The anti-doping controls at the Tour de France will again be carried out by French Anti-Doping Agency (AFLD) as part of a special agreement with the UCI, with the French reportedly using an enhanced EPO test to detect and deter the use of micro-doses of EPO.
According to French newspaper L’Equipe, the French Châtenay-Malabry anti-doping laboratory has recently published a report on its progress to improve the detection of micro does of EPO. Following the approval of specific French law in France, WADA regulated night-time testing can also be carried when specific information and suspicion justifies waking athletes in the middle of the night.
There have been suggestions that some athletes may try to take micro does of just 500 units of EPO late at night, believing that the blood boosting drug will have cleared their system before a possible early-morning test. The AFLD hopes it has closed that window of opportunity by improving the testing method, even when athletes dilute their blood to try to trick the tests results.
Specialist French police from the Office for Combatting Damage to the Environment and Public (OCLAESP) will also work with the AFLD and the UCI, providing intelligence and police powers.
The Tour de France anti-doping programme began several weeks ago with riders tested while training and racing. L’Equipe suggests that 50 tests were done as riders studied key stages of this year’s Tour de France in recent weeks. Riders are also regularly controlled as part of the UCI’s Biological Passport scheme. Pre-race blood tests will also be carried on every one of the 198 riders in this year’s race.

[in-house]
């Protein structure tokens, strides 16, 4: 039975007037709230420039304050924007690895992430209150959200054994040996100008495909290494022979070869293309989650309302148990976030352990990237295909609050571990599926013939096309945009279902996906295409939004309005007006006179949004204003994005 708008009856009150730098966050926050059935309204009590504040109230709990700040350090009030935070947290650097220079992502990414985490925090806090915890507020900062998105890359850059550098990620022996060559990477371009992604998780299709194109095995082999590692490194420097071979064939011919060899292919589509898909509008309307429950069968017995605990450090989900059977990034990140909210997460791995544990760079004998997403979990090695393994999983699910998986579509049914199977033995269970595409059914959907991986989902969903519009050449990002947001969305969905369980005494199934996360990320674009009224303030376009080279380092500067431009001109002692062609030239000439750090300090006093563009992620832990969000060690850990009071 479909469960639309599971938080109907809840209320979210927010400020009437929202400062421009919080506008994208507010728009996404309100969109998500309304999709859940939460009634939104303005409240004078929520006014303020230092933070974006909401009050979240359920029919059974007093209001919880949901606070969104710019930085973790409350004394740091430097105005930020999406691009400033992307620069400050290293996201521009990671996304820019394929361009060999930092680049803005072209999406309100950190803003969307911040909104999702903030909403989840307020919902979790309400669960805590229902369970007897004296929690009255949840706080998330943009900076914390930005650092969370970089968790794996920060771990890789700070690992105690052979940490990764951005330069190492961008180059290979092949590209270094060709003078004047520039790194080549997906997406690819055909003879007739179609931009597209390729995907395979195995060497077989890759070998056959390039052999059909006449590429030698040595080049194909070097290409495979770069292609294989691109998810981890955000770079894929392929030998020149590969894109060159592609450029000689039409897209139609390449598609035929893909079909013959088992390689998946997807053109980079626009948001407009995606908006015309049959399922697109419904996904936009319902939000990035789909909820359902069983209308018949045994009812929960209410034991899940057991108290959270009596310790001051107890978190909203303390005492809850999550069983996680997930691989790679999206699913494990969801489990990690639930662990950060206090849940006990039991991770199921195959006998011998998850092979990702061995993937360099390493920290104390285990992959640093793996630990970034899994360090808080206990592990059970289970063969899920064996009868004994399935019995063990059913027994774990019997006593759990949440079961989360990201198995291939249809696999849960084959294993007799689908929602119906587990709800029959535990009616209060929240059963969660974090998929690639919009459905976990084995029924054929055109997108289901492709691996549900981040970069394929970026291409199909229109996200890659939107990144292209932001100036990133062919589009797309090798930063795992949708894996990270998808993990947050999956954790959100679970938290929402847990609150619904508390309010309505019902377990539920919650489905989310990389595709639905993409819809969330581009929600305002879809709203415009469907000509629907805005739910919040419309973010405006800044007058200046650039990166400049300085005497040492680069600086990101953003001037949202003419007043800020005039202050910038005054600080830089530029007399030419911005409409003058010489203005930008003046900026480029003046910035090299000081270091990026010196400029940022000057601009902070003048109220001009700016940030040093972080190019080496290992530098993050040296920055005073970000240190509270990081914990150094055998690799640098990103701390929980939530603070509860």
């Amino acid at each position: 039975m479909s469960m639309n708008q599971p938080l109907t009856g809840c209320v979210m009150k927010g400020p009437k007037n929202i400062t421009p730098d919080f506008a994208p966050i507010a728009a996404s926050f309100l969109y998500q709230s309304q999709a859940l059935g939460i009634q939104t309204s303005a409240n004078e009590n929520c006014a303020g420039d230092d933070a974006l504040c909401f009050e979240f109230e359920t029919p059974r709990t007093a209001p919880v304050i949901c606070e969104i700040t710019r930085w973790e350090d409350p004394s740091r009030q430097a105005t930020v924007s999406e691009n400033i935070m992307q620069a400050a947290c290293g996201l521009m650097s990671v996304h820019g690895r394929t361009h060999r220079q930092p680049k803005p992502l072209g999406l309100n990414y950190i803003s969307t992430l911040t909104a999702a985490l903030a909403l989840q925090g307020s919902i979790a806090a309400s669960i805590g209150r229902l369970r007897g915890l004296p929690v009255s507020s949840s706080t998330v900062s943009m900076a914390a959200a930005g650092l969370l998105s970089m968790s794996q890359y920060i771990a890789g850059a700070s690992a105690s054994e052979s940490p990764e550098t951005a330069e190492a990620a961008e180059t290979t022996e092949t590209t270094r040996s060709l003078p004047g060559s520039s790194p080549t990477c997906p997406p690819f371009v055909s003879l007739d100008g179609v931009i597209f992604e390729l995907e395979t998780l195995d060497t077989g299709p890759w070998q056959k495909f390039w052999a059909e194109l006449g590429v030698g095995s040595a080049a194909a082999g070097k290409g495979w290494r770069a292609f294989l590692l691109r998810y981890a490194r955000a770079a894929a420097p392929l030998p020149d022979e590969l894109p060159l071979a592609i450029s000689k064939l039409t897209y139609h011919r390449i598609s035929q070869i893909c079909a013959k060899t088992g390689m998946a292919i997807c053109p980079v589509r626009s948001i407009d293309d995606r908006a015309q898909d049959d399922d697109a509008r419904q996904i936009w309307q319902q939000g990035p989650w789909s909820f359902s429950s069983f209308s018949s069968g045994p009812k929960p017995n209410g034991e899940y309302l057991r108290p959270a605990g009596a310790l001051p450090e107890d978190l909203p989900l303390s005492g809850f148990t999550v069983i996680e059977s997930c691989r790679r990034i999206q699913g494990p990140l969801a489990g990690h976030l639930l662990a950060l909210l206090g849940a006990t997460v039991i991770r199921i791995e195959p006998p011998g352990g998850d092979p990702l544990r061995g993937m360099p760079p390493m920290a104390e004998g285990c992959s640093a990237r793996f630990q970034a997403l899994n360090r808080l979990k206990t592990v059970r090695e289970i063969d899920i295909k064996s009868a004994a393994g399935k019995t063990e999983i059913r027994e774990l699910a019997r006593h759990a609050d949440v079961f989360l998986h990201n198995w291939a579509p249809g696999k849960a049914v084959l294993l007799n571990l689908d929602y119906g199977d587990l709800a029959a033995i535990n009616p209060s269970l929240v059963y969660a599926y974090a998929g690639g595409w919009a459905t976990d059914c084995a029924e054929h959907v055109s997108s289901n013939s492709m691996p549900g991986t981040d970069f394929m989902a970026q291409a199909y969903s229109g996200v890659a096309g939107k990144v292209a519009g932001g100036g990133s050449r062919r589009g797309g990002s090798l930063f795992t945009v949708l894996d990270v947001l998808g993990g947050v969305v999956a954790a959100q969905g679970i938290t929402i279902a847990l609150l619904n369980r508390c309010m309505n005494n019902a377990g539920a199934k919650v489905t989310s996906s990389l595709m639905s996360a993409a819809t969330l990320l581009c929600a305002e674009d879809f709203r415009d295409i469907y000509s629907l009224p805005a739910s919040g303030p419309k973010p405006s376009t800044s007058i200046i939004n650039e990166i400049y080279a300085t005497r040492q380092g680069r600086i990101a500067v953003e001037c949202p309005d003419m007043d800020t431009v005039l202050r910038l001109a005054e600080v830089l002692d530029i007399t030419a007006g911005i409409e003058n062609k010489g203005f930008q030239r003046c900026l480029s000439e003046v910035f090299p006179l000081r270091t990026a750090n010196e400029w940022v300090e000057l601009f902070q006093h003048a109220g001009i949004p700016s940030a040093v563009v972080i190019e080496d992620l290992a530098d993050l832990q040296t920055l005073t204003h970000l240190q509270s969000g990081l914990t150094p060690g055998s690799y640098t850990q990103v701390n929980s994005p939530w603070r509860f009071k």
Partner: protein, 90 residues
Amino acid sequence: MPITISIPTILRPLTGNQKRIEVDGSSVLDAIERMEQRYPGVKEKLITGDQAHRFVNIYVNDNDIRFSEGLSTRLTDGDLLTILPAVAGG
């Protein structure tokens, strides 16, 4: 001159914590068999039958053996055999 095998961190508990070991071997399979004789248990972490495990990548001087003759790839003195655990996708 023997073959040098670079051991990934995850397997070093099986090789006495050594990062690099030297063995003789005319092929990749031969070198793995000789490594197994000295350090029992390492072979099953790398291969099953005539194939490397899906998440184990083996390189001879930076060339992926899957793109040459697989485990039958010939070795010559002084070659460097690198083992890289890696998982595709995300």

Samples collected will also be stored for possible future testing when further techniques re developed.
“Our testing program in 2016 continues to focus on a qualitative approach rather than quantitative. The anti-doping program in place for this year’s Tour de France contains all the necessary elements to achieve all our goals in the fight against doping and to conserve a high level of ethics in this wonderful sport,” Francesca Rossi, the director of the UCI’s Cycling Anti-Doping Foundation said in a statement.
The UCI and French anti-doping authorities have often clashed in the past about the way controls are done and who is responsible for the testing but their relationship has improved in recent years.
“At a time when the efficiency of the fight against doping is occasionally subject to controversy, it is essential that cooperation between the AFLD and the CADF continues for an event of the importance of the Tour de France,” Bruno Genevois, the President of the AFLD said in the UCI Anti-Doping Foundation statement.